Double treat for music lovers

Music lovers in the City were in for a real treat recently with two delightful gigs back-to-back at Windmills Craftworks.

On the first day, Geneva-based classical trio Plaistow comprising of Johann Bourquenez on piano, Vincent Ruiz on double bass and Cyril Bondi on drums took the stage.
At the concert, the trio did not perform any known songs but promoted
compositions from the two albums that they were promoting on their India tour – Citadelle and Lacrimosa.

   One could find varied influences such as Steve Reich, Philip Glass, ‘The Necks’ and Craig Taborn in their music. And for much of the concert, it was more like rehearsed sequences played out live and loud on the piano and supported by a tight double bass and some fierce jazz drumming.

Sunil Manchanda, a music aficionado from Mumbai, said, “Bangaloreans are lucky to witness such talent in an ambience like this.

The venue is perfectly suited for such class acts.”

On the next day, Indo-Dutch fusion band Kailash Ensemble stole the show. Featuring Marien van Staalen, Sanne van der Horst and Marinke Visser on cello, Lenneke van Staalen on violin, Heiko Dijker on tabla, the ensemble played some beautiful, unusual renditions of Indian and Western classical music.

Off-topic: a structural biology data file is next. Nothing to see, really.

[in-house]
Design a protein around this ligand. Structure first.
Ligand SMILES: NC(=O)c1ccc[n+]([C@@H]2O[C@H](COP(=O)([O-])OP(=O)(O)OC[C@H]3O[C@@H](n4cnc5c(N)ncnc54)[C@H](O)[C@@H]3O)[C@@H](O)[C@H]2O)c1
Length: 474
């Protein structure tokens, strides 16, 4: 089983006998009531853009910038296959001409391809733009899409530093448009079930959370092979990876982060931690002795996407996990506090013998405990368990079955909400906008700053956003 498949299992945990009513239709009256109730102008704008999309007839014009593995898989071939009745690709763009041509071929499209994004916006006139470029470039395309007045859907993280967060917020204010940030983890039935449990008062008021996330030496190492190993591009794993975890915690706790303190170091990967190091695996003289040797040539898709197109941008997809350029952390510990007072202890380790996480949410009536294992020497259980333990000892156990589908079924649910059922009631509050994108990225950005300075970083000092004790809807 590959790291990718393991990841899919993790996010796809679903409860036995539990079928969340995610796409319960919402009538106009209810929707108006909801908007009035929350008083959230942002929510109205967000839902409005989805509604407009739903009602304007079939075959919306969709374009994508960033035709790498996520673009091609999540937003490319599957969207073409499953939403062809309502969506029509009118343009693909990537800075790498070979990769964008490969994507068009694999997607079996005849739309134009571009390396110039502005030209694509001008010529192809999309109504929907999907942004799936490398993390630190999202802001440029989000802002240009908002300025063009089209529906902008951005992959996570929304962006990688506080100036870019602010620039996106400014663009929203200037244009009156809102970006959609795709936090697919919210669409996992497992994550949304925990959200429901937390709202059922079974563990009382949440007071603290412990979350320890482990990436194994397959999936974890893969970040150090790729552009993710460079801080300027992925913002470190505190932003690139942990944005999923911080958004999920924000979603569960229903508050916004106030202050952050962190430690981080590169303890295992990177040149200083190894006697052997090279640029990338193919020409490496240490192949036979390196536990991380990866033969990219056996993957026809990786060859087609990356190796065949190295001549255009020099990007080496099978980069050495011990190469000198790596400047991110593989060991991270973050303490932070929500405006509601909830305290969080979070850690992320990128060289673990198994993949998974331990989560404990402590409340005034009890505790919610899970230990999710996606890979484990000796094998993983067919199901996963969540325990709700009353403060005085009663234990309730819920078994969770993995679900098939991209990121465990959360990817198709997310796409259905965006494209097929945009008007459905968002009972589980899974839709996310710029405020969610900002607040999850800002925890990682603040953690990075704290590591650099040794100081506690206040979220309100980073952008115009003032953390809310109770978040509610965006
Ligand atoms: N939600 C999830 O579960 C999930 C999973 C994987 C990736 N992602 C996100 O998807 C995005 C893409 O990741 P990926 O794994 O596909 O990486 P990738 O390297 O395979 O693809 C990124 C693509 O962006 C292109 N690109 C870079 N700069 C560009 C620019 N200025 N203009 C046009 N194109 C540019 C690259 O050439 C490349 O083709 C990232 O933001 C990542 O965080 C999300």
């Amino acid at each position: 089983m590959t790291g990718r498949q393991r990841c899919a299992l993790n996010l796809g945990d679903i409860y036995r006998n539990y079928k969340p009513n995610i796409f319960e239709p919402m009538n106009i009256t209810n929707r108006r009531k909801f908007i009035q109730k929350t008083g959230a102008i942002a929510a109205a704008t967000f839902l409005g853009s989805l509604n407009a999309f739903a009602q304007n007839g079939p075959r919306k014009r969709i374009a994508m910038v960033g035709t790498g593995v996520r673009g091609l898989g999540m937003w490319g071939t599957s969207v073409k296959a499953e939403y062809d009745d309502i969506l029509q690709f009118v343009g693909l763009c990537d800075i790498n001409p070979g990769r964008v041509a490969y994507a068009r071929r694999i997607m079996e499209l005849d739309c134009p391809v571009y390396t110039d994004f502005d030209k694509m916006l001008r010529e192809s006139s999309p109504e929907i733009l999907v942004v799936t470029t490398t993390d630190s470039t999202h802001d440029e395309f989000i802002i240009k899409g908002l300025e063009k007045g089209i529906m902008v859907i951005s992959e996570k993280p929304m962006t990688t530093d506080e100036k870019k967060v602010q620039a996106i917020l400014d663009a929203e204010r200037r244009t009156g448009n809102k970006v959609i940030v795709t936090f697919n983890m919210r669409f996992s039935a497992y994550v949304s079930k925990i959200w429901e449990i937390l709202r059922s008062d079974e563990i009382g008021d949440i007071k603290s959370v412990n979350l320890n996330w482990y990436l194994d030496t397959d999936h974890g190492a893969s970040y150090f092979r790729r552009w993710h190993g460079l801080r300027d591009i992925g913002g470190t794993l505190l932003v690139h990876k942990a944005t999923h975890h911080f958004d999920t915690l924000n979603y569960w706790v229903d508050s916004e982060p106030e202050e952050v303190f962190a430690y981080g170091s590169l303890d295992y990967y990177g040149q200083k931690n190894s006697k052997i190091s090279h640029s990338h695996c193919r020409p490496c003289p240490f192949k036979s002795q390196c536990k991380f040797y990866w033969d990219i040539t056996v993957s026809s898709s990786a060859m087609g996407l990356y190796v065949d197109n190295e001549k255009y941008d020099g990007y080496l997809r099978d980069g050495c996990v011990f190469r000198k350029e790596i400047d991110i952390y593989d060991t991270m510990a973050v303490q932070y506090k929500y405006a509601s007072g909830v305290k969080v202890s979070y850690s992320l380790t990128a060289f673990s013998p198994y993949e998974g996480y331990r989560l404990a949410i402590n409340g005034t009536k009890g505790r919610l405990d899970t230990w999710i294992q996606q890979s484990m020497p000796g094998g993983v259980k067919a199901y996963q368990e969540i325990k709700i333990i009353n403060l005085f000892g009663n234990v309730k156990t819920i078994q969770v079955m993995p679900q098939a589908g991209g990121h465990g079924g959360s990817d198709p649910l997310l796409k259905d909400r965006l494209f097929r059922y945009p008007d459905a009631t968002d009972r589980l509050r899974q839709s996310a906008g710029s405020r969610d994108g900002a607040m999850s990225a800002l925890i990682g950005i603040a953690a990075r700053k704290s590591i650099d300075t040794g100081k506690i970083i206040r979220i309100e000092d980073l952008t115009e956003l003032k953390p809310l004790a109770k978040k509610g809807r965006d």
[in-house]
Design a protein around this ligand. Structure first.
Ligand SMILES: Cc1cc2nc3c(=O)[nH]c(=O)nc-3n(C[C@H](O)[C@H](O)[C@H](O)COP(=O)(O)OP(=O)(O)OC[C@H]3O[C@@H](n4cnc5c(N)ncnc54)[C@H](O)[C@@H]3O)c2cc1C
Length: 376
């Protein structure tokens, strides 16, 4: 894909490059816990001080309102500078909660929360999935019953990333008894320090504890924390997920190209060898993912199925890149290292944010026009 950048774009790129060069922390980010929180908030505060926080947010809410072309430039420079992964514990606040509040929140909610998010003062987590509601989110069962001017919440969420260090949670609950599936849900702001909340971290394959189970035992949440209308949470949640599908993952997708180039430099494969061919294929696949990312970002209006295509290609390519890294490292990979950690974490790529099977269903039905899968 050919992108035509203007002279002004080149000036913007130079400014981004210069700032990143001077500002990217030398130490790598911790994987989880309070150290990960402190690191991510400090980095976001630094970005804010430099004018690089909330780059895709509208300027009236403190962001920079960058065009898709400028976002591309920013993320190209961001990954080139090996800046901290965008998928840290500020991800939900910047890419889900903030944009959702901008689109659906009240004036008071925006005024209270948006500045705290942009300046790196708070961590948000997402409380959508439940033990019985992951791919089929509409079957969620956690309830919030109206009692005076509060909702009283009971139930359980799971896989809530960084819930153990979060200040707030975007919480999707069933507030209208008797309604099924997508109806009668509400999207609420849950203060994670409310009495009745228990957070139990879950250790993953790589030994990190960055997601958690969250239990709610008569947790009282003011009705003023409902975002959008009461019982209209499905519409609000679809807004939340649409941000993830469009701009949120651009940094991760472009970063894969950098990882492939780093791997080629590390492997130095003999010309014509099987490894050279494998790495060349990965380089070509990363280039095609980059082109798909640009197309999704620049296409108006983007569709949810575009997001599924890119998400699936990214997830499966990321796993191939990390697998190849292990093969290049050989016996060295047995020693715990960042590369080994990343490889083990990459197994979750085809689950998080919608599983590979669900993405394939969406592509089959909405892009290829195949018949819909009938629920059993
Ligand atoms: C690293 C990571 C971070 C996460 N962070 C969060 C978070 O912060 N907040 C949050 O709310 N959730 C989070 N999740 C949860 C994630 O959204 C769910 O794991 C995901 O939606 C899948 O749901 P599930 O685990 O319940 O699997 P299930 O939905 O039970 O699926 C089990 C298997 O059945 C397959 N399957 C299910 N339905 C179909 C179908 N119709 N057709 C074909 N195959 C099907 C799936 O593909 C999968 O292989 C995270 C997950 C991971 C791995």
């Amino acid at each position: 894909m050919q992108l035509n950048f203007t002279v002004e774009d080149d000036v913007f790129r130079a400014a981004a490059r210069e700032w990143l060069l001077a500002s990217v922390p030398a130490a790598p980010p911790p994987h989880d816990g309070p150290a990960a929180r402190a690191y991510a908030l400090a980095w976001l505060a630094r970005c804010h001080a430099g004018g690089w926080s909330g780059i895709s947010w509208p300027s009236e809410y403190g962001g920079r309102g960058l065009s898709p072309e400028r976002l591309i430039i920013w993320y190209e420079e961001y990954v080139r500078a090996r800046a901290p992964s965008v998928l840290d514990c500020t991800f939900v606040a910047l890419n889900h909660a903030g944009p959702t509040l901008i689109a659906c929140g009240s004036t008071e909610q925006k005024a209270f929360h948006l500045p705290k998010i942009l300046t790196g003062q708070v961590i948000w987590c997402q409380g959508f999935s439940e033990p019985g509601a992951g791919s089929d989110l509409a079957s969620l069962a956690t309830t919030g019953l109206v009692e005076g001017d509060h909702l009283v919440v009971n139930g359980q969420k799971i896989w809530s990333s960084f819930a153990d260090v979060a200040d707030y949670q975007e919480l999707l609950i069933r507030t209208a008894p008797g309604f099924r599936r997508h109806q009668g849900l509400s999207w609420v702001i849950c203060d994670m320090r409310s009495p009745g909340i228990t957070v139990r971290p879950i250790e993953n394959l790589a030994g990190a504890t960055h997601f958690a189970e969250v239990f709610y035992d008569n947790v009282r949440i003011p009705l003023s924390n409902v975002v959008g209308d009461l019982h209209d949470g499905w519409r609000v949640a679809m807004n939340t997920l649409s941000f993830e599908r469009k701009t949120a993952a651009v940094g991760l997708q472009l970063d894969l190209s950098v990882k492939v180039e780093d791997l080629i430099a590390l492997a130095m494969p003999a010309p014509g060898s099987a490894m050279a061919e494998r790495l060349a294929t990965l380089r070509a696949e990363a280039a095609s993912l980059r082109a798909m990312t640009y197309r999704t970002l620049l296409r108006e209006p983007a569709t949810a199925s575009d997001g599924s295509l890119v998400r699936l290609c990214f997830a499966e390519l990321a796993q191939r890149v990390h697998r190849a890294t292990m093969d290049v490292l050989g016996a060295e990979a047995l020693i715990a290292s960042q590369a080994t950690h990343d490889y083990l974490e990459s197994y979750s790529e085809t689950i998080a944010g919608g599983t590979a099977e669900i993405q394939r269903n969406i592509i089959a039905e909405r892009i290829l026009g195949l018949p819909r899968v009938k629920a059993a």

For their newest project called Sangam, the original members of the Kailash
Ensemble joined hands with two young and gifted cellists – Sanne van de Horst and Marinke Visser – to present the two unique musical traditions in a whole new form.
With passion and skill, the two cultures and traditions were fused by the musicians, each of whom seemed equally at ease with his or her instrument. 

What they managed to do best in their compositions was to present Indian and Western classical music separately, without losing their identity and individual touch.

The band was joined by local master of the bansuri – Ravichandra Kullur –
for a few spontaneous raga-based compositions.

Carefully composed structures by the three-piece cello section melded with the fluid Carnatic strains from the violin, collectively creating a deep understanding of the finer nuances of both traditions.

Heiko’s tabla playing kept the sound together and made it interesting to watch someone non-Indian playing the instrument adeptly.

On the Dutch ensemble, Nikhil K, a regular at Windmills, said, “It was a delightful evening of classical music. The fusion was stirring and seamless.”

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